Peptic ulcer disease (PUD) is a break in the lining of the stomach, first part of the small intestine or occasionally the lower esophagus.
Peripheral artery disease (PAD) is a narrowing of the arteries other than those that supply the heart or the brain.
A physical examination, medical examination, or clinical examination (more popularly known as a check-up) is the process by which a medical professional investigates the body of a patient for signs of disease.
Preventive healthcare (alternately preventive medicine, preventative healthcare/medicine, or prophylaxis) consists of measures taken for disease prevention, as opposed to disease treatment.
The rectum is the final straight portion of the large intestine in humans and some other mammals, and the gut in others.
Reperfusion injury or reperfusion insult, sometimes called ischemia-reperfusion injury (IRI) or reoxygenation injury, is the tissue damage caused when blood supply returns to tissue (re- + perfusion) after a period of ischemia or lack of oxygen (anoxia or hypoxia).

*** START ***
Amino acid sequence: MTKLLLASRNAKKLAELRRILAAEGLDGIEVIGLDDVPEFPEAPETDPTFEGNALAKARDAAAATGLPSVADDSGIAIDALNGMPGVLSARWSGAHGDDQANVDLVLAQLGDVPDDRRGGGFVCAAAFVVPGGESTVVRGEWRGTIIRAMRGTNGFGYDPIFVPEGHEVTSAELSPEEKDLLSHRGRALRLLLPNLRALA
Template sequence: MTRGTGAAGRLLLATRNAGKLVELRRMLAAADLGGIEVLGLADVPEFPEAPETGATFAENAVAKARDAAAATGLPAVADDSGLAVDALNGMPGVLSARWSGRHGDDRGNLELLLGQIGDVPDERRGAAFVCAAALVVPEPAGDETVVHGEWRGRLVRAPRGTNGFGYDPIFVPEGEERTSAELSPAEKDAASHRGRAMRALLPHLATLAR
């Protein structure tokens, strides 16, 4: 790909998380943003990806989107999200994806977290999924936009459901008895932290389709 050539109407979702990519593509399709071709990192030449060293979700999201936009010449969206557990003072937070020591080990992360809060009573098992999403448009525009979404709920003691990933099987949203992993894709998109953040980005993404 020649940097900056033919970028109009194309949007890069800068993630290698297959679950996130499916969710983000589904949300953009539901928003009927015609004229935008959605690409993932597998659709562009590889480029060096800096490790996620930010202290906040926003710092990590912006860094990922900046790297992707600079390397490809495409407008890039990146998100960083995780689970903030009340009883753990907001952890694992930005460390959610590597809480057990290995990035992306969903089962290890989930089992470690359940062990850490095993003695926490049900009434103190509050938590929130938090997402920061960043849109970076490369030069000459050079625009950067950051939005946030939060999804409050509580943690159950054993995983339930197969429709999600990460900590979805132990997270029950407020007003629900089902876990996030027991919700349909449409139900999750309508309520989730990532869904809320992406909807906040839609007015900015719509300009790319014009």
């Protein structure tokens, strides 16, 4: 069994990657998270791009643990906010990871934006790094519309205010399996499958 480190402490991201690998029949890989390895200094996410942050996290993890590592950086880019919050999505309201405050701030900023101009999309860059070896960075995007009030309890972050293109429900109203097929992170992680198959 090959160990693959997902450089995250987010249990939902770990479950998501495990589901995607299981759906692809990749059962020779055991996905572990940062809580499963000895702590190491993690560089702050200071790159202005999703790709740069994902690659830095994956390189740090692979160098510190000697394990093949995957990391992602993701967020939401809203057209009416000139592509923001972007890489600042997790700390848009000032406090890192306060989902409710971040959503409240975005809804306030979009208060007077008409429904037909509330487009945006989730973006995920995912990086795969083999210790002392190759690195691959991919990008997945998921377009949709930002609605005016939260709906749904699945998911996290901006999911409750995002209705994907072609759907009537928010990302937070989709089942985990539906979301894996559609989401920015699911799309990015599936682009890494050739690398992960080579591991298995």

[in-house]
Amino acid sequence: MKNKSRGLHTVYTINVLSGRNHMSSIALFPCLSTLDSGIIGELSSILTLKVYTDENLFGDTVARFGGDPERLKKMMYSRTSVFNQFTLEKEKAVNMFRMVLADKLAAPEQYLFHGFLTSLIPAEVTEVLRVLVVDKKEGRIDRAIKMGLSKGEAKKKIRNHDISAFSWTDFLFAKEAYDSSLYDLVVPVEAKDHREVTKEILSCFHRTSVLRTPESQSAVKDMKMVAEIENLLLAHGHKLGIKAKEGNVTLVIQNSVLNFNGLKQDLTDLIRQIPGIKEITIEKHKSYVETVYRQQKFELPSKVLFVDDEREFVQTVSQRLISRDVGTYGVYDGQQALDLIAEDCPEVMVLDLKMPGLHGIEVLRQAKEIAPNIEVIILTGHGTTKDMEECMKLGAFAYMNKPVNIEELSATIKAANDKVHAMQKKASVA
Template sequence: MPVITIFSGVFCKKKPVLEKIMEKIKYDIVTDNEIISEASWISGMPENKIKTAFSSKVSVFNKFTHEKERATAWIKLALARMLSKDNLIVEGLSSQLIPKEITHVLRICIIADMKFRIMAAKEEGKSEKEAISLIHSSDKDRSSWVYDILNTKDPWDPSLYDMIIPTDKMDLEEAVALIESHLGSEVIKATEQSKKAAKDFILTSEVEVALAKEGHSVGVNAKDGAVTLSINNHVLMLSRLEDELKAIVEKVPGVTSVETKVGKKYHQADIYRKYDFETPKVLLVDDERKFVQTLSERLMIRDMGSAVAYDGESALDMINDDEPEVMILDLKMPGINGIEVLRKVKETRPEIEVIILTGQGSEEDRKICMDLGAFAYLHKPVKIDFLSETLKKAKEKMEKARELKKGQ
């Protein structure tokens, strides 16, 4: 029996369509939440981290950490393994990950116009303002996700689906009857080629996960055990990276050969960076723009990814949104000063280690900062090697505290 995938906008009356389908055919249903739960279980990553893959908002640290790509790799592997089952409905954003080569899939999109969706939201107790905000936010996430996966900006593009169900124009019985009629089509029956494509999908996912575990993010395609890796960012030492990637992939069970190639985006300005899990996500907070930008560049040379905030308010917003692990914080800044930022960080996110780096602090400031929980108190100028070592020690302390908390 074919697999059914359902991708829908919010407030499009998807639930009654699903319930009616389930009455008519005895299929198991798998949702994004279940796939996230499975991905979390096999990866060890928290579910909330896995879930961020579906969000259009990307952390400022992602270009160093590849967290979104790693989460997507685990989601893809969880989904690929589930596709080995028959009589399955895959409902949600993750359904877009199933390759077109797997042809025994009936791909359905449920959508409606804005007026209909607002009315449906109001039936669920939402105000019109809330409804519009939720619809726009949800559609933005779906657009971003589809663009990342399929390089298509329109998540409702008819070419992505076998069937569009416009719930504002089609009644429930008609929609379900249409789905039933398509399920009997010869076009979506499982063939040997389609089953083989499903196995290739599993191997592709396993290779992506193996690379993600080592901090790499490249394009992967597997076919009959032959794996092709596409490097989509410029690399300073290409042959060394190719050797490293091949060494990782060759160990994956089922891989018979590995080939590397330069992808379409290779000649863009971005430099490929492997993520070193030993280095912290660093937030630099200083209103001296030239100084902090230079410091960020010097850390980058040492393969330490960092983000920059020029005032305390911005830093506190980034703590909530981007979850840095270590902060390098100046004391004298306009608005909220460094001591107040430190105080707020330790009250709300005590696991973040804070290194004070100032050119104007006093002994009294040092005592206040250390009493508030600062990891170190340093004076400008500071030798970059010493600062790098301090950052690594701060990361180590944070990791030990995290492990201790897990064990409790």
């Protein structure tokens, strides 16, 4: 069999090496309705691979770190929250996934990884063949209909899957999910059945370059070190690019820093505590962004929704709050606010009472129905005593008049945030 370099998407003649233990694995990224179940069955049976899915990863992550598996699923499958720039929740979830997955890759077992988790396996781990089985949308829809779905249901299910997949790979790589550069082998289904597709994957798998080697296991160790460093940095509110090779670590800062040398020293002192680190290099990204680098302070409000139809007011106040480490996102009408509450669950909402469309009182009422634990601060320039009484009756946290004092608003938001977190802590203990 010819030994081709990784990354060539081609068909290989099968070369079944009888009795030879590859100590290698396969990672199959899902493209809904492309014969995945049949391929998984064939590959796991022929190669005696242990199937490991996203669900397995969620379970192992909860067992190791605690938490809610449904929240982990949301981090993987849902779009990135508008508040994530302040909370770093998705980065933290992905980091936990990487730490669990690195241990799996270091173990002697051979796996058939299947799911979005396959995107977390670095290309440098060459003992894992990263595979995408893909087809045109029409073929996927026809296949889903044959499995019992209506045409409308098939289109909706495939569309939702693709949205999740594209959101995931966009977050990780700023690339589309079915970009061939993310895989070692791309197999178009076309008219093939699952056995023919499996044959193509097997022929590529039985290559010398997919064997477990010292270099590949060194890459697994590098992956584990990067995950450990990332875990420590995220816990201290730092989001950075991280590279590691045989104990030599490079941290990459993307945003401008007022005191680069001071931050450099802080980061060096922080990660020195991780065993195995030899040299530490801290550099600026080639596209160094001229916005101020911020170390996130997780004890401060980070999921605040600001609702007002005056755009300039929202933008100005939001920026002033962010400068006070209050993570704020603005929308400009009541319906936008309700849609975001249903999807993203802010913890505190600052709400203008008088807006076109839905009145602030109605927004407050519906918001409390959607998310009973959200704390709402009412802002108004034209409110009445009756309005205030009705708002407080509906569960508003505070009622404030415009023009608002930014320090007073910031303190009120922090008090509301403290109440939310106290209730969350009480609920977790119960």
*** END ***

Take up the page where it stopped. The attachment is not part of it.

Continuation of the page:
A self-expandable metallic stent (or SEMS) is a metallic tube, or stent, used in order to hold open a structure in the gastrointestinal tract in order to allow the passage of food, chyme, stool, or other secretions required for digestion.
Sepsis is a life-threatening condition that arises when the body's response to infection causes injury to its own tissues and organs.
Shock is the state of low blood perfusion to tissues resulting in cellular injury and inadequate tissue function.